OTTAWA, Feb. 16, 2012 /CNW/ - Both the legal and economic impacts of
privacy regulation should be included in the national discussion about
the scope of policies, laws and regulations (PLR) on commercial
Regulations on Commercial Activity, contributes to this debate by assessing the costs and benefits of
existing privacy governance.
"The economic effects of privacy regulation on commercial activity are
similar to an iceberg—most are hidden from view," said Michael Bloom,
Vice-President, Organizational Effectiveness and Learning. "In many
ways, Canada's current regulatory approach is sensible, especially when
it engages the private sector to take responsibility for ensuring
reasonable privacy. This evolving partnership among consumers,
regulators and firms could be harmed by a movement away from the
current ombudsman approach and toward harder regulation - which would
make privacy governance more adversarial."
The current system—at both federal and provincial levels—is based
largely on complaint resolution and business policy advocacy. It
approaches the issues chiefly from a legal perspective and operates
largely without cost-benefit analysis on how regulatory regimes affect
the broader economy. The legal perspective should be complemented by
economic and business perspectives that take into account the use of
private information in a modern economy.
This report, which was funded by Google Canada Inc., contributes to an
informed national dialogue that strikes a balance between consumer
protection and economic efficiency. In this study, costs take three
Direct costs: these include human resources, administration, equipment,
and the like.
Indirect costs: the costs that are incurred by changing managerial
behaviours of firms and the buying decisions of customers.
Induced costs: the broader costs that are incurred throughout the
economy from change in the way the economy functions.
The total cost of administering privacy regulation is estimated to be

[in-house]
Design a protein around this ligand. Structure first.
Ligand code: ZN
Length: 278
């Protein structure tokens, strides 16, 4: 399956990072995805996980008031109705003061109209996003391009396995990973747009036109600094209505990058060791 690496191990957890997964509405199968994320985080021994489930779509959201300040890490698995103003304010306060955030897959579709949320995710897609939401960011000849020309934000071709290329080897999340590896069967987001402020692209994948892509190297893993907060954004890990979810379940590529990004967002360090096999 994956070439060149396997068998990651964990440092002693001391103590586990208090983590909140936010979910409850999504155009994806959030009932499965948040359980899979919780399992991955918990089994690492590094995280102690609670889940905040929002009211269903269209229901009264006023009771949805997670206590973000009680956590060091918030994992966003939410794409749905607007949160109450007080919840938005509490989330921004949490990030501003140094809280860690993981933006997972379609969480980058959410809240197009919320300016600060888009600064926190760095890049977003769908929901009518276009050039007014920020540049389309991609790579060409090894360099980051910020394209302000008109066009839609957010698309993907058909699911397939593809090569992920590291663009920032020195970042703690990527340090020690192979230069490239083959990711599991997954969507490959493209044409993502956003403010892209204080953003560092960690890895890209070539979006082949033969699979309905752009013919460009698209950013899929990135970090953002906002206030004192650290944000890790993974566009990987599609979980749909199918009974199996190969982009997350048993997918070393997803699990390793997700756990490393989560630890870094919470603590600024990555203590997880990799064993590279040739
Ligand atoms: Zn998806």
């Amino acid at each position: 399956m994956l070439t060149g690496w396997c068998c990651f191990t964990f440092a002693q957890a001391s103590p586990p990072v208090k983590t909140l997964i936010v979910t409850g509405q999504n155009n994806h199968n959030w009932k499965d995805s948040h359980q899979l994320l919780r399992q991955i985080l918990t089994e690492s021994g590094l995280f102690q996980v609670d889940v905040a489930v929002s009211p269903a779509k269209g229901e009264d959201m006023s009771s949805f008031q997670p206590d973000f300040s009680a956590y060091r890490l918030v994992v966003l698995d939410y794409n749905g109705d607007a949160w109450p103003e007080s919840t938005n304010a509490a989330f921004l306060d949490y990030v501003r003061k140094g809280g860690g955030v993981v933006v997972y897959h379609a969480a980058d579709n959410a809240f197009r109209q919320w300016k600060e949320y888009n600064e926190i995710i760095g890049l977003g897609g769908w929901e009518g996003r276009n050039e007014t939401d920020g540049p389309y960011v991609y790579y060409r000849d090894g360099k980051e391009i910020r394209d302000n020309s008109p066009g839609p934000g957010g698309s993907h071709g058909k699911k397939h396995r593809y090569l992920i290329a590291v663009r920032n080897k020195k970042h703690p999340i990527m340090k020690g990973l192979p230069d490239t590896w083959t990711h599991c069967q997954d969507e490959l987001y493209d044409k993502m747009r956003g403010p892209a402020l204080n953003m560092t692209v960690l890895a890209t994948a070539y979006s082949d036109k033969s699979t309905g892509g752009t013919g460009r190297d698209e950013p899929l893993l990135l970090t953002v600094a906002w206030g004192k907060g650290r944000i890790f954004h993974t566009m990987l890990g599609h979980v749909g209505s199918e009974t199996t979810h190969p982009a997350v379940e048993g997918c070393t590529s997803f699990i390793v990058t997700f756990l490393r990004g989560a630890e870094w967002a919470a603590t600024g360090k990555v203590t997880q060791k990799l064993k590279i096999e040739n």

$3.8 billion annually, or approximately 0.2 per cent of Canada's $1.7
trillion economy. These costs are highly concentrated - combined, the
retail and the financial services sectors account for 45 per cent of
the total costs.
Costs also spill into effects on corporate behaviour, such as the ways
in which firms invest, innovate, and market their products and
services. Using a costing model detailed in the report, the Conference
Board calculates that privacy regulation will reduce cumulative nominal
(non price-adjusted) business investment between 2011 and 2030 by $18.8
billion. This reduction would have the effect of lowering GDP by 0.11
per cent in 2030 than it would otherwise be.
In addition to assessing costs, the study also explores economic
benefits of effective privacy protection, which include a reduced risk
of identity fraud, a reduction in data breaches and improved consumer
A reduced risk of identity fraud - The Conference Board estimates that,
in 2008, identity fraud and credit card fraud combined cost Canadians
more than $500 million in total out-of-pocket and time costs.
Fewer data breaches at firms - The potential costs to business of poor
privacy governance may include lost business opportunities, damage to
brand, and even monetary loss or lawsuits. Several U.S. studies have
attempted to quantify the impact of data breaches on firms.
An improvement in overall consumer trust - Trust has a real economic
benefit in terms of reducing search costs and lowering the cost of
information exchange. For example, the Conference Board applies the
findings of a McKinsey study in Europe to estimate the value that
Canadian consumers derive from the free use of Internet services. At
least some part of this annual $5.5 billion value would not be realized
if consumers felt their private information was at risk through use of
This is the first study to quantify the economic impact of privacy PLRs
on commercial activity in Canada. Given the data limitations, these
calculations are indicative, not definitive. However, they point to the
importance of calculating costs and benefits in advance of expanding
The report is publicly available at www.e-library.ca.
SOURCE CONFERENCE BOARD OF CANADA
For further information:
Brent Dowdall, Media Relations, Tel.: 613- 526-3090 ext. 448